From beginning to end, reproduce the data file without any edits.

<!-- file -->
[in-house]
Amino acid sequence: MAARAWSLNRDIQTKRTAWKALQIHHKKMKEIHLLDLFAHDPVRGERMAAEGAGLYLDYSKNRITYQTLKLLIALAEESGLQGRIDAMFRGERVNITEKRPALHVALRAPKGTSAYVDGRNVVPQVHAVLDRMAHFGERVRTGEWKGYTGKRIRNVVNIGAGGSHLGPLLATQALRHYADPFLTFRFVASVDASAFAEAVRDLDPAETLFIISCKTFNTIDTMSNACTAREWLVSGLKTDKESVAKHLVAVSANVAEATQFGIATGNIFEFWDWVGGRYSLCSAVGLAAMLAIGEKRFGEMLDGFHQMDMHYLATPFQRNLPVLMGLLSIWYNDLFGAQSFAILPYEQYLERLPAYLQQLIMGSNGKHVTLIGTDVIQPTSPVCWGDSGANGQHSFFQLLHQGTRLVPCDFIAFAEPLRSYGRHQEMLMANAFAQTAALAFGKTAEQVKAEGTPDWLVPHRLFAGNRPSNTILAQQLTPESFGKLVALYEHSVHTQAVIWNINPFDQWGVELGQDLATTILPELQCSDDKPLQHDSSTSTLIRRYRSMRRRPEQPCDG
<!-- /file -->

[in-house]
Amino acid sequence: MAARAWSLNRDIQTKRTAWKALQIHHKKMKEIHLLDLFAHDPVRGERMAAEGAGLYLDYSKNRITYQTLKLLIALAEESGLQGRIDAMFRGERVNITEKRPALHVALRAPKGTSAYVDGRNVVPQVHAVLDRMAHFGERVRTGEWKGYTGKRIRNVVNIGAGGSHLGPLLATQALRHYADPFLTFRFVASVDASAFAEAVRDLDPAETLFIISCKTFNTIDTMSNACTAREWLVSGLKTDKESVAKHLVAVSANVAEATQFGIATGNIFEFWDWVGGRYSLCSAVGLAAMLAIGEKRFGEMLDGFHQMDMHYLATPFQRNLPVLMGLLSIWYNDLFGAQSFAILPYEQYLERLPAYLQQLIMGSNGKHVTLIGTDVIQPTSPVCWGDSGANGQHSFFQLLHQGTRLVPCDFIAFAEPLRSYGRHQEMLMANAFAQTAALAFGKTAEQVKAEGTPDWLVPHRLFAGNRPSNTILAQQLTPESFGKLVALYEHSVHTQAVIWNINPFDQWGVELGQDLATTILPELQCSDDKPLQHDSSTSTLIRRYRSMRRRPEQPCDG